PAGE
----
Combined with all of this, doctors in training are often judged by their supervisors and mentors, which can lead to feelings of insecurity and self-doubt. This can be further exacerbated by the competitive nature of the medical profession, which can make it difficult for doctors to acknowledge their own successes and feel worthy of their achievements.
It is important to note, as written in Academic Medicine, that these feelings do not discriminate on level, medical professionals across their careers may experience this imposter phenomenon.
Imposter syndrome is characterised by feelings of self-doubt and inadequacy despite having accomplished significant achievements. Everyone experiences self-doubt to a certain extent, when it starts to affect your daily life and wellbeing is when it becomes a bigger problem to be dealt with.
Some key indicators include:
Imposter syndrome is often experienced by medical students, particularly during their early years of study. In the case of medical students, they may feel like they don't belong, that they're not smart enough, or that they're not capable of becoming competent physicians. The pressure to succeed in medical school, combined with the rigorous academic demands and clinical responsibilities, can exacerbate the condition.
Recognising the signs of imposter syndrome and seeking support from peers, mentors, or mental health professionals can help medical students overcome these feelings and succeed in their studies and future medical practice.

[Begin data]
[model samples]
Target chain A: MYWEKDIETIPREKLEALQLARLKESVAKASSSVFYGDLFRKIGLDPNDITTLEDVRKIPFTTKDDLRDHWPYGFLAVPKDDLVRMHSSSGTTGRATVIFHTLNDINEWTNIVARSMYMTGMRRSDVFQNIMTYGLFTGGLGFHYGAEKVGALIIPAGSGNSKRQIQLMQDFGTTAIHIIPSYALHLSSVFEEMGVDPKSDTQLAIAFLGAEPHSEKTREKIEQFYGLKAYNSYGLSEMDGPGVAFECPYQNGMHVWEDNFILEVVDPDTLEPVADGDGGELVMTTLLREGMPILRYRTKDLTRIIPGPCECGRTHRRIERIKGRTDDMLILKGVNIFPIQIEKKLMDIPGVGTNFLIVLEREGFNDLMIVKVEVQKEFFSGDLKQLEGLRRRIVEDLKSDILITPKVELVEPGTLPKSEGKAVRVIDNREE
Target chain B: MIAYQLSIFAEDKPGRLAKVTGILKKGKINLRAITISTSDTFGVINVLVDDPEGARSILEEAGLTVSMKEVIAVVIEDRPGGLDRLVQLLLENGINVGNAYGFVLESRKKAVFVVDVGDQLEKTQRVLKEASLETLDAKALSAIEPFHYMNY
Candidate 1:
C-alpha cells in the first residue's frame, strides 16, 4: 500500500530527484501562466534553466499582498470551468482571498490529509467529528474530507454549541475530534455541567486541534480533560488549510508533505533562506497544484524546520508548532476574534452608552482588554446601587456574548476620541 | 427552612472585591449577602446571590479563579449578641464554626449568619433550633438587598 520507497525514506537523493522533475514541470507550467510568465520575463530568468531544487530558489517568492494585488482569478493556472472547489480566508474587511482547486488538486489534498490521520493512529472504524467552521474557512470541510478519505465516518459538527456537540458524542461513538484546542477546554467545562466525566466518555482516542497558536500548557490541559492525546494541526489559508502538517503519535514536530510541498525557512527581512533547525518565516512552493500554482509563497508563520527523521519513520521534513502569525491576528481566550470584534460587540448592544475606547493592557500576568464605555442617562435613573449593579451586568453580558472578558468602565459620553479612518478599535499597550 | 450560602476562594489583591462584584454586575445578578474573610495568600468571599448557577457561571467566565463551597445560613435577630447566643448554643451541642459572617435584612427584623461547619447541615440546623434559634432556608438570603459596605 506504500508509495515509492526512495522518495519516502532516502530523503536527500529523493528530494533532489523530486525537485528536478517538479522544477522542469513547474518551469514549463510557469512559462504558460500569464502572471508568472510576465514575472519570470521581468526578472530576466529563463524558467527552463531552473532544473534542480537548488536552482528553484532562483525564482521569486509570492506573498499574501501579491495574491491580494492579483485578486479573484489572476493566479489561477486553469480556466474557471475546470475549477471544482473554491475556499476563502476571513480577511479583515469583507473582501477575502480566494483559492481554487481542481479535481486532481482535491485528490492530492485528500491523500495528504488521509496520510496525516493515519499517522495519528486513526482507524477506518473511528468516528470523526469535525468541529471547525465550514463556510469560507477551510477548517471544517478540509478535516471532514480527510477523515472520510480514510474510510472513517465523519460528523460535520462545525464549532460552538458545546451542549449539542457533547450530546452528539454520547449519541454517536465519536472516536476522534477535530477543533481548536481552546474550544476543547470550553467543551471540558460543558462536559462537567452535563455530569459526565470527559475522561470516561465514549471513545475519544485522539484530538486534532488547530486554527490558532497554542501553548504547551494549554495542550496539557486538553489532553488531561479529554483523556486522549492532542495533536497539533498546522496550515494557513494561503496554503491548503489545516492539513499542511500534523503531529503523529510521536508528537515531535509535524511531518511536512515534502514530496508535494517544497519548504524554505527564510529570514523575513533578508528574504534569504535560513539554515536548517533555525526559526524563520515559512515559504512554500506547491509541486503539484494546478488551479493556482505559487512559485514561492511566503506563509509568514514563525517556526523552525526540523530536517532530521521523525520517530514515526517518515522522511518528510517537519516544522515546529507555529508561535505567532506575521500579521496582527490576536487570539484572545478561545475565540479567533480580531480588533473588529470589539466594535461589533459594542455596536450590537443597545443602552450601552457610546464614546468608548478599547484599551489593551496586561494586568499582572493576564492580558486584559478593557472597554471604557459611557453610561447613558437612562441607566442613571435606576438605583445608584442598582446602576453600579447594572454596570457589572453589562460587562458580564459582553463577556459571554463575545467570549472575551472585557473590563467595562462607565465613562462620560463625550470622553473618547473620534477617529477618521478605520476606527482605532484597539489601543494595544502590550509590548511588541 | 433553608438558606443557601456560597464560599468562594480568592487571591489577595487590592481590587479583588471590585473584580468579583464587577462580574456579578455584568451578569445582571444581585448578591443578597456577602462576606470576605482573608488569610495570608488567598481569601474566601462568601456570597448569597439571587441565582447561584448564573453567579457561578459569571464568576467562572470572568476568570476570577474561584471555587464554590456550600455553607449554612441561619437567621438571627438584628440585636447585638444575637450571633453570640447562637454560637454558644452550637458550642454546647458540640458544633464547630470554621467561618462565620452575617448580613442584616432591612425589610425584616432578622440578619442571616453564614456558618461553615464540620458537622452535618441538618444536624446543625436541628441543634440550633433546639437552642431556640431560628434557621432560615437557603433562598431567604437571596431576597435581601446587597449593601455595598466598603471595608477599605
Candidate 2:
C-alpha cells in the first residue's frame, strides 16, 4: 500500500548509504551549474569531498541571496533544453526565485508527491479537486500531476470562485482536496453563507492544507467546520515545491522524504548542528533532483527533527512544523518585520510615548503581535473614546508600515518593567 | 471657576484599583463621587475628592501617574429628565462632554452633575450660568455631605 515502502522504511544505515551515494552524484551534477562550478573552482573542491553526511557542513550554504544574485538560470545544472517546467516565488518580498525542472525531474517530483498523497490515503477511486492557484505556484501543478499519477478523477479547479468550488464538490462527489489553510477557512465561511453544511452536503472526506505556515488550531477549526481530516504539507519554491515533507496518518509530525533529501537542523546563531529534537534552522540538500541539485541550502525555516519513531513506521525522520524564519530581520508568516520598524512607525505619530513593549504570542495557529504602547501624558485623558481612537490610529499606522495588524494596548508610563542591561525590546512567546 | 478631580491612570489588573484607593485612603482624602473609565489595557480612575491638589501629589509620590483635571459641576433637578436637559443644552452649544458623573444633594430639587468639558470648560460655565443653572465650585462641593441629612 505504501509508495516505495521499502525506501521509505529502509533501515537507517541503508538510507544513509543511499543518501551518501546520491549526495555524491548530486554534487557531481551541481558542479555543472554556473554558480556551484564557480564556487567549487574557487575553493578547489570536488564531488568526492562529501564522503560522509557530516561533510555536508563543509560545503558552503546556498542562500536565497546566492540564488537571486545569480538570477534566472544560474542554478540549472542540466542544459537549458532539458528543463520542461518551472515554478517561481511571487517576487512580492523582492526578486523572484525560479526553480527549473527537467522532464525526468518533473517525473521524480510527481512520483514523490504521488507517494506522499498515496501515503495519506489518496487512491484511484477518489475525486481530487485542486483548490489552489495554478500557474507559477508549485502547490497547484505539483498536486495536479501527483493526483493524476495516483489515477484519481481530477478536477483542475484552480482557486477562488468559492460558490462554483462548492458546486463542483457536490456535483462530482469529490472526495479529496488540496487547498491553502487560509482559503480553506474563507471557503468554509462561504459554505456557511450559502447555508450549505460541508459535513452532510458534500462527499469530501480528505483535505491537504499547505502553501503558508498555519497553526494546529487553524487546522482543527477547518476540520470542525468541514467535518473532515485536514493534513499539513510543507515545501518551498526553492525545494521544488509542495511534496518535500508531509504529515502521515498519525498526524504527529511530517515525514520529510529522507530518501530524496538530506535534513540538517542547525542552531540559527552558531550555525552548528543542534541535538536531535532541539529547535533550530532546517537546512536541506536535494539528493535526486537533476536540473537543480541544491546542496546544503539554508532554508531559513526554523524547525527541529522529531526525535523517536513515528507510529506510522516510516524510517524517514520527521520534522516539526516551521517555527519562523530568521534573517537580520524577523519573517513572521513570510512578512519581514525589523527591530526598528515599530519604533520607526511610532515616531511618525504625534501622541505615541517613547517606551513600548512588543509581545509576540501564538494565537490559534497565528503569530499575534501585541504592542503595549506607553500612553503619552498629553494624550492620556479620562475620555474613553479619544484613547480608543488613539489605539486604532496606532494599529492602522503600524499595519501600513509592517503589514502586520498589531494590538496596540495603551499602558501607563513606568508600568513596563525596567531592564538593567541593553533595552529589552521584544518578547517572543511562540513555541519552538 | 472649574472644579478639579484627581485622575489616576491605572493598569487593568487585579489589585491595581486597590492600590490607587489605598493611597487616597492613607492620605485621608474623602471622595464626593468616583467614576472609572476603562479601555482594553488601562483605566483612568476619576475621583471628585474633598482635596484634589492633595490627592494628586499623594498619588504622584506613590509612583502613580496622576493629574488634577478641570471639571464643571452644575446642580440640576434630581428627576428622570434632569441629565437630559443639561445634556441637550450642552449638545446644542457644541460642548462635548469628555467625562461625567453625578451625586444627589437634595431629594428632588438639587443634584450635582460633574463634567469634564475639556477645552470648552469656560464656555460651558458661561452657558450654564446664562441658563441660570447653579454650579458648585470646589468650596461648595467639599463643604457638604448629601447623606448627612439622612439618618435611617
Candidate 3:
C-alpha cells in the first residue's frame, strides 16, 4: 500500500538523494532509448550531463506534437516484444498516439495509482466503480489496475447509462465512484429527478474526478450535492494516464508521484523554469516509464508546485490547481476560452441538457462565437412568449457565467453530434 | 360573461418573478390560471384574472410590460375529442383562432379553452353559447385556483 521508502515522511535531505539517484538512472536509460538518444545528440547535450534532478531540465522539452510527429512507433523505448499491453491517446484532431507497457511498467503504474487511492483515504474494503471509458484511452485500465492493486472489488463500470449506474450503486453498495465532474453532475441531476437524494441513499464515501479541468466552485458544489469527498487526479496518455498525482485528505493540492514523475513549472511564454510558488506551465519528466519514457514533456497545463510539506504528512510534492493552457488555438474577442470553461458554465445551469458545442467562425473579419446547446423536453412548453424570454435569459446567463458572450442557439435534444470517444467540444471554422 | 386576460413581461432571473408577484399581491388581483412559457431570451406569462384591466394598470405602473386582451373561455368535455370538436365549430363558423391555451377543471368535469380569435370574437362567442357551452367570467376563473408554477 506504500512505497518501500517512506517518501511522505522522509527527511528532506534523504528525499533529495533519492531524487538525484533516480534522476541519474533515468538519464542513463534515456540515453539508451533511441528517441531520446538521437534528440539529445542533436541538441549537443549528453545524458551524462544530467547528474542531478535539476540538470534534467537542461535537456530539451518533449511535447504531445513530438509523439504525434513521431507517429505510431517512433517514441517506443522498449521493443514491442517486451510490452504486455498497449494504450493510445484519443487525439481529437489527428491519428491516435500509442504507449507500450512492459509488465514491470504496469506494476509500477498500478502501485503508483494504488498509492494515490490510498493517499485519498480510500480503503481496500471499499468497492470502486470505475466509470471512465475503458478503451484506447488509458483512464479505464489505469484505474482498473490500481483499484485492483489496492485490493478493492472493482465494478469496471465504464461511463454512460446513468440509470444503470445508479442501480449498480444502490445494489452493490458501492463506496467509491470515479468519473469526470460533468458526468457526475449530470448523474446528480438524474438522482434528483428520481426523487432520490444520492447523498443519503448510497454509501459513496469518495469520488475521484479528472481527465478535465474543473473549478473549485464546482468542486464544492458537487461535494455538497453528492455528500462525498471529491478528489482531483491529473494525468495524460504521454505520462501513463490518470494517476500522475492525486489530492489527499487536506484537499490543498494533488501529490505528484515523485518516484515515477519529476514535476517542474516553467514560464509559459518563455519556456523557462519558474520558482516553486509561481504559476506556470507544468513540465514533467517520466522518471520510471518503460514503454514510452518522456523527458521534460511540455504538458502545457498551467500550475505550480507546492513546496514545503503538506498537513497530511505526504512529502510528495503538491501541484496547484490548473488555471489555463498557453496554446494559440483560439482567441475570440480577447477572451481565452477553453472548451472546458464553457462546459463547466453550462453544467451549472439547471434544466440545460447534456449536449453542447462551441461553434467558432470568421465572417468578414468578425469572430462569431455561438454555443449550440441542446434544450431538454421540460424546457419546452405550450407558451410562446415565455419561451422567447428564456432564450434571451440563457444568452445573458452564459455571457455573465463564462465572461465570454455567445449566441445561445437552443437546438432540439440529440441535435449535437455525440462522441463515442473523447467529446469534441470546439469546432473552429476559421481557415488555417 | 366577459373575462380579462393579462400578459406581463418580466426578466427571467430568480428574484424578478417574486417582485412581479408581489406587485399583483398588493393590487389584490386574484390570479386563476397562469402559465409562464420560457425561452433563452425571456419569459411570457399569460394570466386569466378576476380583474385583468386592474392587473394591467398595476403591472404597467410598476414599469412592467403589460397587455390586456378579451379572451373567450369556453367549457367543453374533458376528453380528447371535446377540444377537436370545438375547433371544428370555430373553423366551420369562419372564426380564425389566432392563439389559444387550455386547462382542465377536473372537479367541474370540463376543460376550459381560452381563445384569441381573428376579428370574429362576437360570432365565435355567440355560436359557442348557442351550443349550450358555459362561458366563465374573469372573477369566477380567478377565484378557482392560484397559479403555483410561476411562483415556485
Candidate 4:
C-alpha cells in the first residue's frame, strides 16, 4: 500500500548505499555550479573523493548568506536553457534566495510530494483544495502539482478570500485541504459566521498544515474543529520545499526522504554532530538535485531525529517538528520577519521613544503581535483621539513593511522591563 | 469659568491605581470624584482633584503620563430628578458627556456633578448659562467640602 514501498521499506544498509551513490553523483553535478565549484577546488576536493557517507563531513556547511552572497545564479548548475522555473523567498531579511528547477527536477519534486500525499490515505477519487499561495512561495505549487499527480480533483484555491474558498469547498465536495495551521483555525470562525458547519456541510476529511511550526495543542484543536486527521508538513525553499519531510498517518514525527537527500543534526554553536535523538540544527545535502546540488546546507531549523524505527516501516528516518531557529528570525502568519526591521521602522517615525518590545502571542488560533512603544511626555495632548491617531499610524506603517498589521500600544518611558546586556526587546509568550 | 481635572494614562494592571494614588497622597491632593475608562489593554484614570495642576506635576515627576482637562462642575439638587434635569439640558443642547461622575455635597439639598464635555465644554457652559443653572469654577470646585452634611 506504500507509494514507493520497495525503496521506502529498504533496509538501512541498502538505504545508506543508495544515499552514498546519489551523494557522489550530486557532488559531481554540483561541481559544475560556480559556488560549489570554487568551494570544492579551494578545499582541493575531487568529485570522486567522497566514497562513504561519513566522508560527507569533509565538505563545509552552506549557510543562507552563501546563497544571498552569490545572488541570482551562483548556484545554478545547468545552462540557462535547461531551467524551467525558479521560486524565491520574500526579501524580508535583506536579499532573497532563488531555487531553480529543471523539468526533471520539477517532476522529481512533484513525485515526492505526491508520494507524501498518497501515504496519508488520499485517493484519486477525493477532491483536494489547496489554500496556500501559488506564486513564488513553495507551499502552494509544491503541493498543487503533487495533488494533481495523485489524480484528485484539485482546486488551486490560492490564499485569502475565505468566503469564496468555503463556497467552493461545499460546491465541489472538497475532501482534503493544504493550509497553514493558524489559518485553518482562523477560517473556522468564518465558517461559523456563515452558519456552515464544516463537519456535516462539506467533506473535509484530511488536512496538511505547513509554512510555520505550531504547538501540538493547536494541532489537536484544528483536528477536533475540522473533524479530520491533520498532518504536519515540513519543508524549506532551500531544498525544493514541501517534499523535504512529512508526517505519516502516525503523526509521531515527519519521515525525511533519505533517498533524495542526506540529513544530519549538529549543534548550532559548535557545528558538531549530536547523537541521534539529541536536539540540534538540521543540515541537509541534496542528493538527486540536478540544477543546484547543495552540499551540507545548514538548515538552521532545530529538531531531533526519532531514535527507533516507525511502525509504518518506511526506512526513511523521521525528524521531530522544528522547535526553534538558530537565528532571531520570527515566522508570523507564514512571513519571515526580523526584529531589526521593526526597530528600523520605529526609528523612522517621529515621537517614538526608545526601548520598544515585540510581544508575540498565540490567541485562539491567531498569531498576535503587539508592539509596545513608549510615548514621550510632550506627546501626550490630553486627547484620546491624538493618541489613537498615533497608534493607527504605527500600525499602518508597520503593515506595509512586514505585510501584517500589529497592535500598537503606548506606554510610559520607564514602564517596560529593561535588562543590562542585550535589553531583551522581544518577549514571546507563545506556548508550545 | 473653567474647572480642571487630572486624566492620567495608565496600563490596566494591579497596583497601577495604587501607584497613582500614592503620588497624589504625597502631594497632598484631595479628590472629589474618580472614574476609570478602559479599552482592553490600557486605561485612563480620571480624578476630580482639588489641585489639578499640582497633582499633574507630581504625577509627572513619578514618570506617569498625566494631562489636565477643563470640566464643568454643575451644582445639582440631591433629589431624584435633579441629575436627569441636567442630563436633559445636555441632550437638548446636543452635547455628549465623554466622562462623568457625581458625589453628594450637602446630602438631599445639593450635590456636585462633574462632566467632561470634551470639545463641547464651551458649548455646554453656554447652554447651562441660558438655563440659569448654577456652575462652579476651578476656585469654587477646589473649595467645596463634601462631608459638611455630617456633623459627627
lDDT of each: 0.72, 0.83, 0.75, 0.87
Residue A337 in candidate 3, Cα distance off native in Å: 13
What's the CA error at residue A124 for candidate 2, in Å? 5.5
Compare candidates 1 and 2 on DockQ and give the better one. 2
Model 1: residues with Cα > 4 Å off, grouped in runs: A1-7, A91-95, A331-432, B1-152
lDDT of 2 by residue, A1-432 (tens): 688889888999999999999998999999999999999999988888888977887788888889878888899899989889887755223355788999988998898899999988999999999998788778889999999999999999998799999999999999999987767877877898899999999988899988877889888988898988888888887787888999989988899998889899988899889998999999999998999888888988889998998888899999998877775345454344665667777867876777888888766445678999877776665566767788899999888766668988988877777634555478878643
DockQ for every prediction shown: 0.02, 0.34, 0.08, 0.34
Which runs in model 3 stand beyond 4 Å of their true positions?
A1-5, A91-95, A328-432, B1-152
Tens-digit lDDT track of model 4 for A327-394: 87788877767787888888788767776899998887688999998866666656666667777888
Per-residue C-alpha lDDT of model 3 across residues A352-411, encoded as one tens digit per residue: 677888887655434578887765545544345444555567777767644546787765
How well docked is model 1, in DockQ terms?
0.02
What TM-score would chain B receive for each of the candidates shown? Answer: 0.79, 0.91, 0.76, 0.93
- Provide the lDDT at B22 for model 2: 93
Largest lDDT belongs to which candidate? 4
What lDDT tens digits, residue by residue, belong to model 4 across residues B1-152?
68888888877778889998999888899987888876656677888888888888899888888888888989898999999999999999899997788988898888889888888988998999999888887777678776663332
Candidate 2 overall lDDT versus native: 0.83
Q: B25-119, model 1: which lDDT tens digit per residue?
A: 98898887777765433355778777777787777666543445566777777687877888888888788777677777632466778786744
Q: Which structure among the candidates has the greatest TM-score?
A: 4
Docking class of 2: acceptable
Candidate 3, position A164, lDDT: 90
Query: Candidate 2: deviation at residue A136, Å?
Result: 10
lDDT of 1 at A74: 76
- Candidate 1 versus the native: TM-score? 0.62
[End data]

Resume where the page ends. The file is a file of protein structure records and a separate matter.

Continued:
Imposter syndrome is not a permanent condition and can be overcome with the right tools and strategies. All of the pathways to dealing with it can feel difficult as experiencing imposter syndrome is overwhelming, but it is possible.
Here are 5 key tools for you to use in order to tackle imposter syndrome:
Imposter syndrome is often fuelled by negative thoughts and self-talk. The more we are aware of these thoughts, the sooner we can challenge them. Take time each morning to identify your key strengths, they don’t necessarily need to relate to your medical role. Carry these strengths with you, visualise them, in time you’ll find that the more you focus on these positive attributes, the easier it will become to combat thoughts of self-doubt.